PARP-1 ACTIVITY IS INVOLVED IN THE SOLAR UV-INDUCED CUTANEOUS INFLAMMATORY RESPONSE IN THE EPIDERM-FT IN VITRO HUMAN SKIN MODEL.
Poly (ADP-ribose) polymerase 1 (PARP-1) is known to be activated under conditions of genotoxic stress. In the presence of DNA damage, PARP-1, a nuclear zinc-finger DNA-binding protein, is activated and catalyzes the transfer of ADP-ribose from NAD+ to itself (automodification) and a range of other nuclear proteins (1,2,3). UV-induced cutaneous inflammation has been demonstrated in several models and appears to occur through the activation of Nuclear Factor kappa B (NF-кB) (4,5). In the present study, the EpiDerm-FT in vitro human skin model (EFT-400) was used to gain insight into the mechanisms of the UV-induced inflammatory response of human epidermal tissue. The EpiDerm-FT model consists of a 3-demensional, highly differentiated epidermis cultured with normal human epidermal keratinocytes cultured on a collagen dermis populated with normal human dermal fibroblasts. The model exhibits stratified epidermal components and a fully developed basement membrane at the dermal/epidermal junction.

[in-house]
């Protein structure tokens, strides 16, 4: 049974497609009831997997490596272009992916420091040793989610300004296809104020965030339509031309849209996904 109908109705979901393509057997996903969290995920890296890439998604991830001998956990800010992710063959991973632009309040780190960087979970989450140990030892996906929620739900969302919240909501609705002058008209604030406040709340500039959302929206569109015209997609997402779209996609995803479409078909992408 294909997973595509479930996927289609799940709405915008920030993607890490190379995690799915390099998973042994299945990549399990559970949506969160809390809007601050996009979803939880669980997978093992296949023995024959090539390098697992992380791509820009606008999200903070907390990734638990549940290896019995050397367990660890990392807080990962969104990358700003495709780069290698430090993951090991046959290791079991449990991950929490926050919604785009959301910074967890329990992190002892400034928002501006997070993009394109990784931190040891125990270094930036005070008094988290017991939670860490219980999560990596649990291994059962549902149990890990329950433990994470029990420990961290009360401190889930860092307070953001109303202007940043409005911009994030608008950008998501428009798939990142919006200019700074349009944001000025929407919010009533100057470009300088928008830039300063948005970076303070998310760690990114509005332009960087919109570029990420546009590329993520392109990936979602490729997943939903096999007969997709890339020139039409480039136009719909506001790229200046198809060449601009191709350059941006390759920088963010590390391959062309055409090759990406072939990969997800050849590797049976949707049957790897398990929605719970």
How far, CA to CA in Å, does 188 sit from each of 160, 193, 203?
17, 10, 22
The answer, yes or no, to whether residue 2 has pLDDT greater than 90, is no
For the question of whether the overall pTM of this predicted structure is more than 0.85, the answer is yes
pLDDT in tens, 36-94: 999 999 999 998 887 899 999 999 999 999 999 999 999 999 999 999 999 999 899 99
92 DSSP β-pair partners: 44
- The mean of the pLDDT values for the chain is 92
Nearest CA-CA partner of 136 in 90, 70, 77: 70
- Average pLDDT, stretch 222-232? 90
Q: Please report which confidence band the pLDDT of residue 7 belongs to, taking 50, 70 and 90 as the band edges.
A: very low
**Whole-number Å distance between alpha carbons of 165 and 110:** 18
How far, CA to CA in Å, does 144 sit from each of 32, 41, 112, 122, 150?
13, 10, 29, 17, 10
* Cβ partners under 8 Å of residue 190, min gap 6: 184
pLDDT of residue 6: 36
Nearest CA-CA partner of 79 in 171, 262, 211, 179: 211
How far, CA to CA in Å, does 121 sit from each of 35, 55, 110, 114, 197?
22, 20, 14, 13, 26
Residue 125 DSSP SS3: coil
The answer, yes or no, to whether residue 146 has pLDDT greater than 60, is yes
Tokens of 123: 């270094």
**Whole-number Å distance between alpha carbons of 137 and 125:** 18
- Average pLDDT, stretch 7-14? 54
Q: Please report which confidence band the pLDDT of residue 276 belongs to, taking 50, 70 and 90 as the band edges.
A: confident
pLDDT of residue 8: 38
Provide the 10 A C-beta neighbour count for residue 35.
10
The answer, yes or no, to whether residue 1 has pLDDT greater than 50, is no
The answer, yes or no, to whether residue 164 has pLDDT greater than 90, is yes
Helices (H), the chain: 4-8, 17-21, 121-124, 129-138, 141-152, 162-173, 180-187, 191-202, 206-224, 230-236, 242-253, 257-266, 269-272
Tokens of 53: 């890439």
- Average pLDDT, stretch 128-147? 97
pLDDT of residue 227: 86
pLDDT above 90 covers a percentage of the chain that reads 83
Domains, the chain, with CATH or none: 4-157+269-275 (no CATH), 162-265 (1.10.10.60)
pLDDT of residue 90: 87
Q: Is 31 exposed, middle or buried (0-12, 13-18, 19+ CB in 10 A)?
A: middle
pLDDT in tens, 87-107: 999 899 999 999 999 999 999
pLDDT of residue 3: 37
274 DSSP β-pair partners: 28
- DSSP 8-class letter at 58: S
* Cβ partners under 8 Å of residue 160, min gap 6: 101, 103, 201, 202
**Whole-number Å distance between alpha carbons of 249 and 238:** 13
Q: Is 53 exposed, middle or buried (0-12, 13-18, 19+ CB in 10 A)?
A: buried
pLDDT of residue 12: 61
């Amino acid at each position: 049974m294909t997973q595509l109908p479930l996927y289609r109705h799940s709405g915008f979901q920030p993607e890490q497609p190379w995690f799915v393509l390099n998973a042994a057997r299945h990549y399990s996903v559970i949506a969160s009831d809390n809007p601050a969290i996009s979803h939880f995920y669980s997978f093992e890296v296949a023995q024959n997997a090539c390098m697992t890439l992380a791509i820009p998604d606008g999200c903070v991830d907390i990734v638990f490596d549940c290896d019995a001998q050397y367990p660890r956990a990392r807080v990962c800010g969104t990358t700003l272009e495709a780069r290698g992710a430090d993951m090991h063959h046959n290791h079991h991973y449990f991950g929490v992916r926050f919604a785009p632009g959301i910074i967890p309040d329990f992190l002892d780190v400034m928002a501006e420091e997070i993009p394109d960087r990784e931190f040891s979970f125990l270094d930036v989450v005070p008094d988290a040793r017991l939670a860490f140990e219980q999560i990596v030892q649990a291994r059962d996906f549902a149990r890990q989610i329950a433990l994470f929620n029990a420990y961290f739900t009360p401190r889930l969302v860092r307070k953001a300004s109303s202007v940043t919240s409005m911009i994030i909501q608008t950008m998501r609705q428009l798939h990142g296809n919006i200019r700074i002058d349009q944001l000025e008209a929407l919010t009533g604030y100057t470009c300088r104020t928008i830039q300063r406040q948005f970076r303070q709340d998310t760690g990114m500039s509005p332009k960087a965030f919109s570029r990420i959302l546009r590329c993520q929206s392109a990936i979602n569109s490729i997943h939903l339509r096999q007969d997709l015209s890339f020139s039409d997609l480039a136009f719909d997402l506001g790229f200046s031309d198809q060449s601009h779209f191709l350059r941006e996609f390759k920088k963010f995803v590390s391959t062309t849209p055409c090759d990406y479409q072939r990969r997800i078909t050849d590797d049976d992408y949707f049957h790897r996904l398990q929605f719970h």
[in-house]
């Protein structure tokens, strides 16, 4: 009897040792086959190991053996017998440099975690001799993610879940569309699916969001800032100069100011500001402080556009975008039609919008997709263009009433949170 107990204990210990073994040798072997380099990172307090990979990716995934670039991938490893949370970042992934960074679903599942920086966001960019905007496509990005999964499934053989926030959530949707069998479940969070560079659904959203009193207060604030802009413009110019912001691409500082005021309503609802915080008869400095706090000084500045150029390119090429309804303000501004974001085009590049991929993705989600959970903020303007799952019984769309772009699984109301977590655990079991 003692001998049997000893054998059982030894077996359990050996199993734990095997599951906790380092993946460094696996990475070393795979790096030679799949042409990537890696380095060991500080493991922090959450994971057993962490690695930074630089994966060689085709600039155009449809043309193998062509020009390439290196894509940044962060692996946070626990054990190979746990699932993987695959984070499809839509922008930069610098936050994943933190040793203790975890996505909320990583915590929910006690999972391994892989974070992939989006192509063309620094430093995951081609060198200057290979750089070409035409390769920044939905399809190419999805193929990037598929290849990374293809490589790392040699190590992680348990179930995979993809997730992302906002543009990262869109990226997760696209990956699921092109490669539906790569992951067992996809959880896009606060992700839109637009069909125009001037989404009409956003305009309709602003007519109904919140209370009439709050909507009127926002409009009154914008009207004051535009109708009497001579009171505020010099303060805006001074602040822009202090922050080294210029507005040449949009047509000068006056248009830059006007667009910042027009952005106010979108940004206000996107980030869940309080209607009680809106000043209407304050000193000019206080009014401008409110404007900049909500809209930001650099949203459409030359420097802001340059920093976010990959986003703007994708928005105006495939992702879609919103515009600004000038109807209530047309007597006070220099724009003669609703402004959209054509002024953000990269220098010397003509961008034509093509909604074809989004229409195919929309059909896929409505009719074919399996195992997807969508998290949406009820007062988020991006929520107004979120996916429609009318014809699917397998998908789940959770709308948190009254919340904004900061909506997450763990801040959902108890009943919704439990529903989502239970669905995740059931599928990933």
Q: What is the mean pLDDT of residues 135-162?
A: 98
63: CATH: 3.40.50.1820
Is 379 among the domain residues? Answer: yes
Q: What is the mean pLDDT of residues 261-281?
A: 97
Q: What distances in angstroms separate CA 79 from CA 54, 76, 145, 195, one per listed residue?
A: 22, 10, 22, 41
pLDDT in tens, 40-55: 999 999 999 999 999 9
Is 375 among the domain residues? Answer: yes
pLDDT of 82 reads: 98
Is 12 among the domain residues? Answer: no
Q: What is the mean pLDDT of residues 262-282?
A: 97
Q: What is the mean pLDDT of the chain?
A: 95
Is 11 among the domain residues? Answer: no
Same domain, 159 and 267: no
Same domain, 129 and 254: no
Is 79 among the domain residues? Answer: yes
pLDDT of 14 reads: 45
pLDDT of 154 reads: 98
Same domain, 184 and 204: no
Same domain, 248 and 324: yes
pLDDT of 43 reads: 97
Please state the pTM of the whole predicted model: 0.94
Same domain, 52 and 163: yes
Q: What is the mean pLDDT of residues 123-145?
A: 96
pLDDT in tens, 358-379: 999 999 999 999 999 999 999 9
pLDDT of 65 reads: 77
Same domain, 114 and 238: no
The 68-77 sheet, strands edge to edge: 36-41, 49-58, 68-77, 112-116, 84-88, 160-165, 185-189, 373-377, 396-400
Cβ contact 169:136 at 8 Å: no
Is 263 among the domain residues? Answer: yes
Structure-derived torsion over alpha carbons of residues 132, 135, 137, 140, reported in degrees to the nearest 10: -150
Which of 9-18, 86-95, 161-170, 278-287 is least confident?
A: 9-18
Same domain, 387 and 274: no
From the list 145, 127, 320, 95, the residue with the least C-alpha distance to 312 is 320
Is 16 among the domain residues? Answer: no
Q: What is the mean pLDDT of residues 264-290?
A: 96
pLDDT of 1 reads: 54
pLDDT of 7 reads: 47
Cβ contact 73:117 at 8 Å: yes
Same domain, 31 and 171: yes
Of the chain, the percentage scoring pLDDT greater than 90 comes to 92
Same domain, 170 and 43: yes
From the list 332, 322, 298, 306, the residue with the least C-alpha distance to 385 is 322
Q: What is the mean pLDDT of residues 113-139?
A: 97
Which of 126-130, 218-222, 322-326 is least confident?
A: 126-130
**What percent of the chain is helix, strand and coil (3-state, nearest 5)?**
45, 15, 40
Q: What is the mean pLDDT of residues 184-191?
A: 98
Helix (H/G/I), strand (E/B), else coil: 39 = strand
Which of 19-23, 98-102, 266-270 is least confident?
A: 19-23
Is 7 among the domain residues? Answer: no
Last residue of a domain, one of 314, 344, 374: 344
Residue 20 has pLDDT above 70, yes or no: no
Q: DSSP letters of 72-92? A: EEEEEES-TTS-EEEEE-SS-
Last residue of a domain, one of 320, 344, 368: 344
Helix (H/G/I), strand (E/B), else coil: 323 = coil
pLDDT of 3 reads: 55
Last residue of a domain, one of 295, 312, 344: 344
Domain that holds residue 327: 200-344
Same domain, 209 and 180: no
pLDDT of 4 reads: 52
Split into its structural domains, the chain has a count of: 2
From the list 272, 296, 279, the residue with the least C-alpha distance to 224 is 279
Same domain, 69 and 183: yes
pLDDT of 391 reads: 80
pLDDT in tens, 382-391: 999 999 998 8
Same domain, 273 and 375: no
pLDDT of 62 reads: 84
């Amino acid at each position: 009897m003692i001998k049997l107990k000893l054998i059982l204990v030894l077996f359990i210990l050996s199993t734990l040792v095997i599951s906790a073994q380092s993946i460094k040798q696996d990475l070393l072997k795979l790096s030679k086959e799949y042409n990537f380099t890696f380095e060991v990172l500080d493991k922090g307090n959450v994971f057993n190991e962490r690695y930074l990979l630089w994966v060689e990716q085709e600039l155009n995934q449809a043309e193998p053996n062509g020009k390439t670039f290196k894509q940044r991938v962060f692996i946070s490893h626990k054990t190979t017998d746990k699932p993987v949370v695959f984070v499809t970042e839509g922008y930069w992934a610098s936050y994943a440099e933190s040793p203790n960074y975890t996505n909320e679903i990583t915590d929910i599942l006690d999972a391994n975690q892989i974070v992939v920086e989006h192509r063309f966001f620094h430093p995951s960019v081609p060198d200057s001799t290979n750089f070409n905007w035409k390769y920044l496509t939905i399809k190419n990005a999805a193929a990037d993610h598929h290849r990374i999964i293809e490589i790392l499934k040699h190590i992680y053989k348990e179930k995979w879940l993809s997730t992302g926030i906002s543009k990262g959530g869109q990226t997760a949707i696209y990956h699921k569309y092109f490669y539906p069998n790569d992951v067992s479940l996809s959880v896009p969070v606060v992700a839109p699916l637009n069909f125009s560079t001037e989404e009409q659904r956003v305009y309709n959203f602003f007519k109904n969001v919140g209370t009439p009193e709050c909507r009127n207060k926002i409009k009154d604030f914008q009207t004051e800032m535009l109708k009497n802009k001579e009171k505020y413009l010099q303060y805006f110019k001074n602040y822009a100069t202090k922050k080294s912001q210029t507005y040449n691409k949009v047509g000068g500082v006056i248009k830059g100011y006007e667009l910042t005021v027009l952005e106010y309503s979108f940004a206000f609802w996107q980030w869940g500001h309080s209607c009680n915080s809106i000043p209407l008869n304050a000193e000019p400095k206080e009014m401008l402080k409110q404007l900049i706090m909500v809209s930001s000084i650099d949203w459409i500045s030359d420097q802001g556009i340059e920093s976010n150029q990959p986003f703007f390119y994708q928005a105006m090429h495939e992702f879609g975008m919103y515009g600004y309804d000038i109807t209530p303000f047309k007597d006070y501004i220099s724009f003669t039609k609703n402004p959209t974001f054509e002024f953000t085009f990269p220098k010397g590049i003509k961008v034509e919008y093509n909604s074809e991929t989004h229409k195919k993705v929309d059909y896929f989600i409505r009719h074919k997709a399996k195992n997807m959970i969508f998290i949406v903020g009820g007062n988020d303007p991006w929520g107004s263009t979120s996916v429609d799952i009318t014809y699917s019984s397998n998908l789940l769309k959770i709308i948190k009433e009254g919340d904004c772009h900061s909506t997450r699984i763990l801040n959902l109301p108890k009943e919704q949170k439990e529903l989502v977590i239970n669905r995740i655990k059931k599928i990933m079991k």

Apoptotic sunburn cells, CCL11, CCL21, CCL26, CCL3, CCL4, CSF2, CXCL10, Cyclopyrimidine dimer assay , EFT-400, EpiDerm, G-CSF, GM-CSF, IL18, IL1B, IL-1α, IL6, IL-6, IL8, IL-8, ILJA, Inflammatory genes, IP-10, Nuclear factor kappa B, Nuclear zinc-finger DNA binding protein, Poly (ADP-ribose) polymerase 1 (PARP-1), RANTES, Sunburn cells, UV exposure
4 amino-1,8-napthalamide, UVA, UVB
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